September 2010 – Patient Sympathy

August 2010 – Back to School Shoewear

July 2010 – Womens Shoewear

June 2010 – Summer Foot Care

May 2010 – Skin

April 2010 – Ingrown Toenails

March 2010 – Barefoot Running

February 2010 – Pediatric Flatfoot

January 2010 – Being a Compliant Patient

December 2009 – Raynaud’s Disease

November 2009 – NA

October 2009 – Shin Splints

September 2009 – Dealing with Corns and Callouses

August 2009 – Relieving Painful Gout

July 2009 – Caring for Plantar Warts

June 2009 – Bunions

May 2009 – Children's Heel Pain

March/April 2009 – Heel Pain

February 2009 – Shoe Fitting

January 2009 – Nail Fungus

December 2008 – Neuroma

November 2008 – Diabetic Foot Care


March & April 2009

Published in - Healthy Lifestyles

Hell pain. (Whoops, I spelled that wrong. Or did I?) I am actually referring to “heel” pain, of course. It is one of the more painful and annoying problems that patients come in with. I say that because it can keep you from doing what you would like, love or have to do. This includes everything from exercising, cooking, working and chasing after your kids.

Most of the time, those of us who have, or had this heel/ arch pain continue to do whatever it is we want or need to do. We just do it with less joy, sometimes much less. At times, we have stopped the activity that drives us hoping that it will either subside or go away altogether. I say “we” because I am a member of the heel pain fraternity of years ago. And although it was over 20 years ago I still recall, quite vividly, the angst of having the late night visits to the bathroom. Not because of any urinary issues, thankfully, but because of the fact that the first step down in the morning was a killer. Most times if you have to get up in the middle of the night you could do what you need to do and be back in bed almost without waking up. Not so with this.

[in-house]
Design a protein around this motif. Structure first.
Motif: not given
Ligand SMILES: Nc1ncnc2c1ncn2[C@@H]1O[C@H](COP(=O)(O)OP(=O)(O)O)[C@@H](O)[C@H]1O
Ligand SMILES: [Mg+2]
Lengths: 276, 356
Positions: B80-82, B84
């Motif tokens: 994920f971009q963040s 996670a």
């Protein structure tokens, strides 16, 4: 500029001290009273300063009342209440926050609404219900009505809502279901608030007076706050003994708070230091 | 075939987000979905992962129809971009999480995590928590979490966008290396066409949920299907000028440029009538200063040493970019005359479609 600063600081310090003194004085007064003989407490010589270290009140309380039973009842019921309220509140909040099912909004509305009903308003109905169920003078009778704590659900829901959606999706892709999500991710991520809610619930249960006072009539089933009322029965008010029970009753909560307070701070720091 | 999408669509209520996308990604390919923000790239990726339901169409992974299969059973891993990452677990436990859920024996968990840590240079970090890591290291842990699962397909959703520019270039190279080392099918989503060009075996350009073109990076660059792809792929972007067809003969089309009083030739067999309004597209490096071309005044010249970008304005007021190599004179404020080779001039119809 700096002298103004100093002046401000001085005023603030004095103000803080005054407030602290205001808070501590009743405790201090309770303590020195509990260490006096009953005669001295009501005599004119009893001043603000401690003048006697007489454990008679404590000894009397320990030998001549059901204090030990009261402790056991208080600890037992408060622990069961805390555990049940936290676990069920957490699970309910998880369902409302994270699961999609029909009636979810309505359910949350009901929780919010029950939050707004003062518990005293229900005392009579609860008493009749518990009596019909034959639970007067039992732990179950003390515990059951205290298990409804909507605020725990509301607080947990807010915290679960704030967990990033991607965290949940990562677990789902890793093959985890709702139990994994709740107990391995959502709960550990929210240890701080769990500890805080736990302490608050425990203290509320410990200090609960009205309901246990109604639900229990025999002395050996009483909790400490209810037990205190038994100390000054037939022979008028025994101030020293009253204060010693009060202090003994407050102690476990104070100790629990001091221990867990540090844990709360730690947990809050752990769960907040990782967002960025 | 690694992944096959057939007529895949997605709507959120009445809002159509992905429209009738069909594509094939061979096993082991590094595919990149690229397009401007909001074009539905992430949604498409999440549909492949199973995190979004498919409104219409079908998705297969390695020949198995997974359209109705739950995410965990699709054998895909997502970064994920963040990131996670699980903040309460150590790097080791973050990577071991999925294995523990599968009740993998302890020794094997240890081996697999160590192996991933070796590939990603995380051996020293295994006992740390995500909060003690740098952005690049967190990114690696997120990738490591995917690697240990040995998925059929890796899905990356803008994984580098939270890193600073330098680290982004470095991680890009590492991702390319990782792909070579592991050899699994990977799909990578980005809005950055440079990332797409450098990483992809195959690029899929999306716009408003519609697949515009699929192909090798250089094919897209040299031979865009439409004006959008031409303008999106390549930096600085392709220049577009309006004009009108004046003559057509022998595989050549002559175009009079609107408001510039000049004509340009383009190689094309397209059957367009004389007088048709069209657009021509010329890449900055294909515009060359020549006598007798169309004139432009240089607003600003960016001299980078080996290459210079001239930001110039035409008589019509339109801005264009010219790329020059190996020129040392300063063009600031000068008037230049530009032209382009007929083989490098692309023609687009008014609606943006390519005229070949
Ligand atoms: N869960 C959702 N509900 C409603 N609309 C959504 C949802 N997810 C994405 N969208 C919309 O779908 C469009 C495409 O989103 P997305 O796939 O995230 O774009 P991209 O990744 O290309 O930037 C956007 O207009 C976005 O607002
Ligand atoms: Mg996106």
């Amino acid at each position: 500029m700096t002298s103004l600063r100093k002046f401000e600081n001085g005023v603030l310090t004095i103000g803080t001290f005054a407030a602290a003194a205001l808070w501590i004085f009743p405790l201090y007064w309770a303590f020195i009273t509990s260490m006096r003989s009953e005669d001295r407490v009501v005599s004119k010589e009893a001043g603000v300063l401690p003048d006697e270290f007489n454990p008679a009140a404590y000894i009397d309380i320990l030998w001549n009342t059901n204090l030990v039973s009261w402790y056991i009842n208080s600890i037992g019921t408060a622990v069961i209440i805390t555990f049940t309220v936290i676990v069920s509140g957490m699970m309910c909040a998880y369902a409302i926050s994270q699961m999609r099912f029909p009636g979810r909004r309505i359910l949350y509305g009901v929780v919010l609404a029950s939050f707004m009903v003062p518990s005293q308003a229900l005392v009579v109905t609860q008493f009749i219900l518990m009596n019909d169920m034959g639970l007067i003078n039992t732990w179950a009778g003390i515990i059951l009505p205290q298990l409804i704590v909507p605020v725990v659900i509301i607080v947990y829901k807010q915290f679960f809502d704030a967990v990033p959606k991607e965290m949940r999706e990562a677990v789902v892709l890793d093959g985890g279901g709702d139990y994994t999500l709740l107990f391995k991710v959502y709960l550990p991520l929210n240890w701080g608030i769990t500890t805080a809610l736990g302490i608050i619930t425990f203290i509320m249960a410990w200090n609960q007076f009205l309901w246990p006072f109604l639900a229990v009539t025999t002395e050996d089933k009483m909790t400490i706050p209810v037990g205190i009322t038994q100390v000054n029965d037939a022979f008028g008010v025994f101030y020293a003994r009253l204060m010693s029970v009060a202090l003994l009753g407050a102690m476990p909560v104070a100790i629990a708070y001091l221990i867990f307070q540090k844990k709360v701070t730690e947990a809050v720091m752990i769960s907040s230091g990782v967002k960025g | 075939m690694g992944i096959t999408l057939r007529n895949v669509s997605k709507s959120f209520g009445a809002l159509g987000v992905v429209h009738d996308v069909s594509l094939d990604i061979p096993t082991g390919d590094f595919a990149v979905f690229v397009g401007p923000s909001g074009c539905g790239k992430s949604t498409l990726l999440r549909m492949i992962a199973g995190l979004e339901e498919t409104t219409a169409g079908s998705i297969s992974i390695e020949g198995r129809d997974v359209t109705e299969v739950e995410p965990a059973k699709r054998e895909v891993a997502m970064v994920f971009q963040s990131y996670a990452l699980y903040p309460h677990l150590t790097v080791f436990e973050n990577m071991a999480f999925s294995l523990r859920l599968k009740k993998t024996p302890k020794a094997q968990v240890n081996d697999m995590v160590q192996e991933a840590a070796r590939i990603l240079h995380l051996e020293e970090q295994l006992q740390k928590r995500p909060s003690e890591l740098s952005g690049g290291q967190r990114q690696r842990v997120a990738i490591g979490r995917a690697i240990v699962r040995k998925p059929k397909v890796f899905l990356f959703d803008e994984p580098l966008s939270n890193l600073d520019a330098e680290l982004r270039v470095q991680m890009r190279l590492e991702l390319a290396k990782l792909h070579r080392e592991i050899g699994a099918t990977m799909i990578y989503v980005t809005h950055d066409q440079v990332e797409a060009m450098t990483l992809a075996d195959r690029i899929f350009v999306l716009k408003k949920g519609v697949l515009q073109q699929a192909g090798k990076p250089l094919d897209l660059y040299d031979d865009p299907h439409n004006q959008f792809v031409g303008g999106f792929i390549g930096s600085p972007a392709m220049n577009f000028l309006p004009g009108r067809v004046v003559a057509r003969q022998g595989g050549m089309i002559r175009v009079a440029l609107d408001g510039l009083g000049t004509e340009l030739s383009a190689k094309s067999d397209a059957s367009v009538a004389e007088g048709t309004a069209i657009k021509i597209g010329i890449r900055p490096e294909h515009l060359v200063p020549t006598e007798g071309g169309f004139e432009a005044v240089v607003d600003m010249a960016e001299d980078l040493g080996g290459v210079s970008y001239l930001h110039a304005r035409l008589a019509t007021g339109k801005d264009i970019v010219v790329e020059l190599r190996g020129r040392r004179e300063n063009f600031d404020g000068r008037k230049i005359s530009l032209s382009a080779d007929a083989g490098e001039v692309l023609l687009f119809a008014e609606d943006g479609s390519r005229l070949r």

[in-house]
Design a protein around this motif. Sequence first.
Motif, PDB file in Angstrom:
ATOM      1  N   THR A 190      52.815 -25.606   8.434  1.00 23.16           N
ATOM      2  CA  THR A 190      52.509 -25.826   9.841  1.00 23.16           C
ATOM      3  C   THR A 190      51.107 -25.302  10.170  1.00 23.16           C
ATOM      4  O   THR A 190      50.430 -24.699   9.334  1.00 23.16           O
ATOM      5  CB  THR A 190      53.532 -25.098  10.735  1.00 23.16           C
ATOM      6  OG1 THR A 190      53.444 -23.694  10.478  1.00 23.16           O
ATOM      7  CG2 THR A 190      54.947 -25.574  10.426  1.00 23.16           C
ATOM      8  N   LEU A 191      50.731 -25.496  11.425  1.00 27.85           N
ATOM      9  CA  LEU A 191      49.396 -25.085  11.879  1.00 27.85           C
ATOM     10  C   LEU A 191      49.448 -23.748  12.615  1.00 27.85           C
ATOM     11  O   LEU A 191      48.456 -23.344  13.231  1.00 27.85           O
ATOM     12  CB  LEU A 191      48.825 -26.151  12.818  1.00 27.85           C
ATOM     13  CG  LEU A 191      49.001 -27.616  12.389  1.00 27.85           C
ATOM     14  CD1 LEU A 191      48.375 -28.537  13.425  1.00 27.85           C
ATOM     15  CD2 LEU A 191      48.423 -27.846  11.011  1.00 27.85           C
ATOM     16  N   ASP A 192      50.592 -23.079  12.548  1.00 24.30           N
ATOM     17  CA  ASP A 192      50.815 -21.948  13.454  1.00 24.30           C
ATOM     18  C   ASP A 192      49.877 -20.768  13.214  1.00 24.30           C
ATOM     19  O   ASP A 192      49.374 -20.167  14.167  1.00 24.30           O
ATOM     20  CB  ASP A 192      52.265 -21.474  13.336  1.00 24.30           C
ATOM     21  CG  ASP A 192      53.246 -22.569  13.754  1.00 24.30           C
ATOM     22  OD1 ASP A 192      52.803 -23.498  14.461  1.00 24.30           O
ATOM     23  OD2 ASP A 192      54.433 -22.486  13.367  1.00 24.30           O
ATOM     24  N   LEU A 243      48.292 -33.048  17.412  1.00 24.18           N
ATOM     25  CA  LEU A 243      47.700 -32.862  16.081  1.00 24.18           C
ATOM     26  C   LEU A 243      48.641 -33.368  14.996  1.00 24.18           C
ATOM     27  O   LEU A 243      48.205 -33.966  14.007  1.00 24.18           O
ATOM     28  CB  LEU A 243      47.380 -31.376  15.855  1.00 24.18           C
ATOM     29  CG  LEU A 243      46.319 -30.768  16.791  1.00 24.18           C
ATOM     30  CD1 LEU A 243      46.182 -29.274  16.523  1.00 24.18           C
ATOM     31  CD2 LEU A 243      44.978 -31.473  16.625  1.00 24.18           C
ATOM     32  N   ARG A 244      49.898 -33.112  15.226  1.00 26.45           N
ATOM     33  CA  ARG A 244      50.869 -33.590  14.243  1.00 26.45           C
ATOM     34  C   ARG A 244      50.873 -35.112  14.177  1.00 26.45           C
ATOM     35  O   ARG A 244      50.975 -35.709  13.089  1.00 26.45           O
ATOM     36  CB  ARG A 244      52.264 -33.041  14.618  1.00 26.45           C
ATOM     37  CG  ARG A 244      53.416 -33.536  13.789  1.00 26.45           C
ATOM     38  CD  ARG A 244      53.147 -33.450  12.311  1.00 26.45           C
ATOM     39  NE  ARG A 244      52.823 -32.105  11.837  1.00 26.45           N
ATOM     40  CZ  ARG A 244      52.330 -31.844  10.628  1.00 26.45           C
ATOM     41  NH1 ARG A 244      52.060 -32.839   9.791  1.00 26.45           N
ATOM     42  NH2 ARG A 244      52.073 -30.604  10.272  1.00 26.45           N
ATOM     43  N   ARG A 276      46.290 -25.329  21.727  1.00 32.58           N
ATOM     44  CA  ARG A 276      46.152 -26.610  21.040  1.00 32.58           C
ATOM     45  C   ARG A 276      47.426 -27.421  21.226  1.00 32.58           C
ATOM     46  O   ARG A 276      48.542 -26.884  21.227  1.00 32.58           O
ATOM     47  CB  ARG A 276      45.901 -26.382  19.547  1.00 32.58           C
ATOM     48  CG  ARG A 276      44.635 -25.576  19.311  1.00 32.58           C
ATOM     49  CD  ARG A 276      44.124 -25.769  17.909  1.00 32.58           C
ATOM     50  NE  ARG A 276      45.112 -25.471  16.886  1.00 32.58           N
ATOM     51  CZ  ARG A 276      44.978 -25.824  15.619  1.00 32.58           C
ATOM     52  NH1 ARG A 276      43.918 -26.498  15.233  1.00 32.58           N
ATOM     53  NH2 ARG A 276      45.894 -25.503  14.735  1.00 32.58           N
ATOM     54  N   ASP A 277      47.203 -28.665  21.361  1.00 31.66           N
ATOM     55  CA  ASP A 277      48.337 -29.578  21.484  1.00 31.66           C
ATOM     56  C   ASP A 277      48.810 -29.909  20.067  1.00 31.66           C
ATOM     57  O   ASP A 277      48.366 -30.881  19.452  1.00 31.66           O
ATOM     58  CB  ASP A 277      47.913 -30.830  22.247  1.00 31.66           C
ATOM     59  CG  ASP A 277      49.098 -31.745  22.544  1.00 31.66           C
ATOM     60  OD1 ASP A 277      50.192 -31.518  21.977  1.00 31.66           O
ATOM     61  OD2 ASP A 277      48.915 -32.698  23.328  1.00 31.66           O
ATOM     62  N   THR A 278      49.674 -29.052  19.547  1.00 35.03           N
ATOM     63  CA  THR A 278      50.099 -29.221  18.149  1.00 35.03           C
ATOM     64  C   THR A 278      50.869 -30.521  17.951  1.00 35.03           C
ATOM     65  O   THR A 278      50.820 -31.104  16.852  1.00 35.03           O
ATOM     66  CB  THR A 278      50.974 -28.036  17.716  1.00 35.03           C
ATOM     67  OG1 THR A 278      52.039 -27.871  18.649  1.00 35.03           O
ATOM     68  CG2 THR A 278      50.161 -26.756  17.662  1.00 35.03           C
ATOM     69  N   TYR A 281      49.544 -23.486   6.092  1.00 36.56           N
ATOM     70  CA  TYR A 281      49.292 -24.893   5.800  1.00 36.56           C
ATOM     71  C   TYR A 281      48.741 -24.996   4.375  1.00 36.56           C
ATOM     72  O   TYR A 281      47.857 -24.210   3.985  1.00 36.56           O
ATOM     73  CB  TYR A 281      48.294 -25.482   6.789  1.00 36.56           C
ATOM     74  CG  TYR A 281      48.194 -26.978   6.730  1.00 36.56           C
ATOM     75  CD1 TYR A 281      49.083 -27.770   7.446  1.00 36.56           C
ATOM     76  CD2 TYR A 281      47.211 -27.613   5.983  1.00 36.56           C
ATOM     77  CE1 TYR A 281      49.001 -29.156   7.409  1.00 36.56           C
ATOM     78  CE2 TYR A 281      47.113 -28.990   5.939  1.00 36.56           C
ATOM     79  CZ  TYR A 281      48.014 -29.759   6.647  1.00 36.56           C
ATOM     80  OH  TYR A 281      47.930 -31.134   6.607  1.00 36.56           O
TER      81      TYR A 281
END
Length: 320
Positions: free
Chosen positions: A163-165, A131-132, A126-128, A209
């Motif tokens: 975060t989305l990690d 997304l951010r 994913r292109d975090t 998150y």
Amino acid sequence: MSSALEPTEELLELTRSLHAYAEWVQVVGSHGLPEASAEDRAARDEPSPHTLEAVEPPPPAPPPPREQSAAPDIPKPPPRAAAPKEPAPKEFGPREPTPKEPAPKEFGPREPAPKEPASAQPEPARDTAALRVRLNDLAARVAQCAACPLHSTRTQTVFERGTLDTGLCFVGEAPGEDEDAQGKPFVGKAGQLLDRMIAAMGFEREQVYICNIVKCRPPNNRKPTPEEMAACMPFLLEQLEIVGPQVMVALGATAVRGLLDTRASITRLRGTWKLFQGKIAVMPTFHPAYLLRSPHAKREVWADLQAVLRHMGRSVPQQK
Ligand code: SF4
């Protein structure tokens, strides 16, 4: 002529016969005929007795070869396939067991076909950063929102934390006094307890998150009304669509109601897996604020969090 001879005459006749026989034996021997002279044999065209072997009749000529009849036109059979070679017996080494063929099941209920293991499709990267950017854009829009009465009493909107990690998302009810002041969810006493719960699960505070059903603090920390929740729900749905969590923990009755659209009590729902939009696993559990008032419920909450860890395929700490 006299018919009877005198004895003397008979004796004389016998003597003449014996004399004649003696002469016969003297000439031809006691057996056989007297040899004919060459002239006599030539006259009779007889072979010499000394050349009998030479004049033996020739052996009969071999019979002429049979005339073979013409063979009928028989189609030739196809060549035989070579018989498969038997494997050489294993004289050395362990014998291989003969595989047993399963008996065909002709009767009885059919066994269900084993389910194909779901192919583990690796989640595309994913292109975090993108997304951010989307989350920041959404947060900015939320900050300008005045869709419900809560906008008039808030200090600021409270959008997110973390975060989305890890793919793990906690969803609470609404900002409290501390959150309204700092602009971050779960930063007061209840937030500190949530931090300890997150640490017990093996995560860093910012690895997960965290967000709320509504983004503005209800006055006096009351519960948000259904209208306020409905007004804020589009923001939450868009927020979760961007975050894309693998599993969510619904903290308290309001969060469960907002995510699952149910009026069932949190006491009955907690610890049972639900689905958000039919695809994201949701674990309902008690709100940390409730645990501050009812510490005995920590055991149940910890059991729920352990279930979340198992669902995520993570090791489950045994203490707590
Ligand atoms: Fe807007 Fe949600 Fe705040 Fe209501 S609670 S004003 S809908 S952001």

Causes of Heel Pain

Exercising-overdoing it or doing too much too soon
Faulty or inappropriate shoewear
Faulty foot and/ or leg biomechanics
Certain medical issues that can lead to a predisposition
Pregnancy-a lot of weight gain over a short period of time

There is so much that I would like to explain about heel and arch pain but am limited in time and space. No, not like Stephen Hawkins’ time and space, just article space. I see patients from all walks of life with this problem in almost every age category except teens and younger. So no, it’s not an age thing as some patients ask. Although for my more familiar patients I tell them that it is, just to tease them.

Allow me to briefly explain the anatomy first. There is a strong, somewhat inflexible cord (plantar fascia) on the bottom of the foot that attaches the heel to the toes and basically helps form the arch of the foot- I am simplifying this. For many reasons this cord can become over-stretched, irritated, strained or even torn. (When a structure becomes inflamed we change the ending to “itis”, i.e. tendonitis, arthritis or plantar fasciitis). It doesn’t seem to matter if you are extremely active or somewhat sedentary. Something will usually have to happen for that cord to become inflamed. I say usually because most times patients cannot recall any obvious instance which would cause the initial problem. It really begins to develop due to a change of something. And, ninety percent of the time we are unaware of anything that we have done that has changed. We have been doing the same job in the same way for 20 years, the exercise routine is the same, the shoes are the same, etc. Just because we hadn’t noticed something different doesn’t mean some change hasn’t occurred. Our bodies change constantly and the change can be attributed to aging. You can’t spell change without age.